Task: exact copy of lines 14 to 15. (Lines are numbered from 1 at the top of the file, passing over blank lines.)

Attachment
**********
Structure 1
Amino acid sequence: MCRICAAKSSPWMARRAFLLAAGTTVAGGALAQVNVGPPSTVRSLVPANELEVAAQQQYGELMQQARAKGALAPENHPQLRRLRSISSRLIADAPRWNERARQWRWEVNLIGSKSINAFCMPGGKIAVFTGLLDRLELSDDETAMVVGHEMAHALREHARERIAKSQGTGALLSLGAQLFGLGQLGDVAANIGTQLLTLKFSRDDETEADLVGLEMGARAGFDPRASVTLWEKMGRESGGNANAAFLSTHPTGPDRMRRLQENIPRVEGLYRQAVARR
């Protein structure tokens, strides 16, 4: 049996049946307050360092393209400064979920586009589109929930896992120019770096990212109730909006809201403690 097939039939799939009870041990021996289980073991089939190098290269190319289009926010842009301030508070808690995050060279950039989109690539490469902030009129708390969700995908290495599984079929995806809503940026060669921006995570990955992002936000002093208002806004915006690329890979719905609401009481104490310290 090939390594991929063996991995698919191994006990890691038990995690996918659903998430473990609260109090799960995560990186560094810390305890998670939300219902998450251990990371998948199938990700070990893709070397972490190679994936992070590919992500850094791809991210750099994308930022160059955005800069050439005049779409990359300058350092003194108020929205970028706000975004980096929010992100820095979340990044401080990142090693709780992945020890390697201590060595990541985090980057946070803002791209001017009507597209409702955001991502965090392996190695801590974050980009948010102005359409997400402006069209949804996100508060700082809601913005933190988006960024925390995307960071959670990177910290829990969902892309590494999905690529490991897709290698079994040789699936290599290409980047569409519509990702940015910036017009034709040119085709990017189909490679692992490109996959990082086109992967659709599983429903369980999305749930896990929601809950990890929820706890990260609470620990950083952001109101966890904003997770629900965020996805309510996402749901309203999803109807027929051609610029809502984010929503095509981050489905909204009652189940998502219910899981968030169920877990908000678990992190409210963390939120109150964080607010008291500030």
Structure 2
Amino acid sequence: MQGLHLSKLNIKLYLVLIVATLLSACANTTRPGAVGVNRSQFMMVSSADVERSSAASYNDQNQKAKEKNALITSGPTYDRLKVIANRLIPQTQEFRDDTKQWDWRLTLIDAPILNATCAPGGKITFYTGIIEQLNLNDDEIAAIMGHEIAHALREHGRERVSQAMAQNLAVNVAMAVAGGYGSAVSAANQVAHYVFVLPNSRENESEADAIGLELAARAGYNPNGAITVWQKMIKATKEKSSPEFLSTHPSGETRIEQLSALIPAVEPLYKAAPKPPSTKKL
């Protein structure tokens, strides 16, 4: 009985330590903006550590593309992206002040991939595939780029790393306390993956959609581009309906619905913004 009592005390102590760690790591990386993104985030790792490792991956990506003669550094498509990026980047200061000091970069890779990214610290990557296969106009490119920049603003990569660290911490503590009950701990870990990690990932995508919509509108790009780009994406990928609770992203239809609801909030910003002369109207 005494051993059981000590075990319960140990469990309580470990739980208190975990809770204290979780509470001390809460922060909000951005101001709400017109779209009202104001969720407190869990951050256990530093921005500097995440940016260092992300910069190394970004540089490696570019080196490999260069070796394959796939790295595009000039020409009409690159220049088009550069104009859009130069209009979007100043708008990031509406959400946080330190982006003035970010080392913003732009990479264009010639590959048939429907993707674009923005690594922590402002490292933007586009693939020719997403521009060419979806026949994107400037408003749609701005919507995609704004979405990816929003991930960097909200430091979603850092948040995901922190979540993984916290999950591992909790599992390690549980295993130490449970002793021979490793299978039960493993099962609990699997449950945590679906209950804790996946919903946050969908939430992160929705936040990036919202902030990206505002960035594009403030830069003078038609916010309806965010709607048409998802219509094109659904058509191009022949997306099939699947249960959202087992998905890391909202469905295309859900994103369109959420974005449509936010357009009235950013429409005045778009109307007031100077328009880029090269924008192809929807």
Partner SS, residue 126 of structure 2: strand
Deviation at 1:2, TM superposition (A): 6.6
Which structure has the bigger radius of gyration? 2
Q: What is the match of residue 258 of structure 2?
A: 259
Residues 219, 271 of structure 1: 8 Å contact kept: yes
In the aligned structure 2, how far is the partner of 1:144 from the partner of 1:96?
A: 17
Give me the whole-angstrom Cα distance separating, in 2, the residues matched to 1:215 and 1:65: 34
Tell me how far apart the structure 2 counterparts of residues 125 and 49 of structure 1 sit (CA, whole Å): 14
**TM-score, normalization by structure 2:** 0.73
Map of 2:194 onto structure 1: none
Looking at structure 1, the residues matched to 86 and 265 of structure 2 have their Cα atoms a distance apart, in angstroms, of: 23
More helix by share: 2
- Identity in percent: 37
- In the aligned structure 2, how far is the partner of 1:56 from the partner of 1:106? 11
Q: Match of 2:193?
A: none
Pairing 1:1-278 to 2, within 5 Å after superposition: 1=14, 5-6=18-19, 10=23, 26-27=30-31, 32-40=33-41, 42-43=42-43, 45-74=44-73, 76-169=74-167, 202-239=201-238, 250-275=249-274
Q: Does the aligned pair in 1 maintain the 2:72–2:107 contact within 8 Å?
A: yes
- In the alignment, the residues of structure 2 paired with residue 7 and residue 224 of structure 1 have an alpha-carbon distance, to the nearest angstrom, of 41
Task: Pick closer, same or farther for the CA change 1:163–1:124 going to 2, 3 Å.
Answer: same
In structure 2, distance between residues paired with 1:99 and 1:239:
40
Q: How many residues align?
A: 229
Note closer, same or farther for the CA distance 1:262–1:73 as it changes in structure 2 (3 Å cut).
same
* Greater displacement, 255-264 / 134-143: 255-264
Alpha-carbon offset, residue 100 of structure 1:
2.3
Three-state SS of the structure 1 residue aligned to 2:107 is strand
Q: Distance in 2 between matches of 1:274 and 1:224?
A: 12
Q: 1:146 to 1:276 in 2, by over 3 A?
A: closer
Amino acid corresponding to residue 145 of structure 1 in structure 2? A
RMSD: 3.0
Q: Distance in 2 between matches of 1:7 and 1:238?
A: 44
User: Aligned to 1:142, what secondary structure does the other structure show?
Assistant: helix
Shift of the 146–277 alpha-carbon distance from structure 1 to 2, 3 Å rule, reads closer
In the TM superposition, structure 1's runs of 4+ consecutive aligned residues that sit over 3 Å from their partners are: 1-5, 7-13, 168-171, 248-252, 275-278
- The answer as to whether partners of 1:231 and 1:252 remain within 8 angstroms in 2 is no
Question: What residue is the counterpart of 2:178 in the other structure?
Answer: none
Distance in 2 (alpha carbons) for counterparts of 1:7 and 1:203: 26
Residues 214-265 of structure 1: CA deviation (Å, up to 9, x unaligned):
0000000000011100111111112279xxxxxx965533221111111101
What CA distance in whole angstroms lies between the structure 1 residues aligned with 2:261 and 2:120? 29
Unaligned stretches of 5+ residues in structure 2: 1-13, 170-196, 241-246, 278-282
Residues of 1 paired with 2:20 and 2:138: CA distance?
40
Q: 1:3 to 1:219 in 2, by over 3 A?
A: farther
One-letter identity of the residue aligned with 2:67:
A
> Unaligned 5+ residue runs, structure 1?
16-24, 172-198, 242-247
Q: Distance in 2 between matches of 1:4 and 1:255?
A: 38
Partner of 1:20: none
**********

A: 17
Give me the whole-angstrom Cα distance separating, in 2, the residues matched to 1:215 and 1:65: 34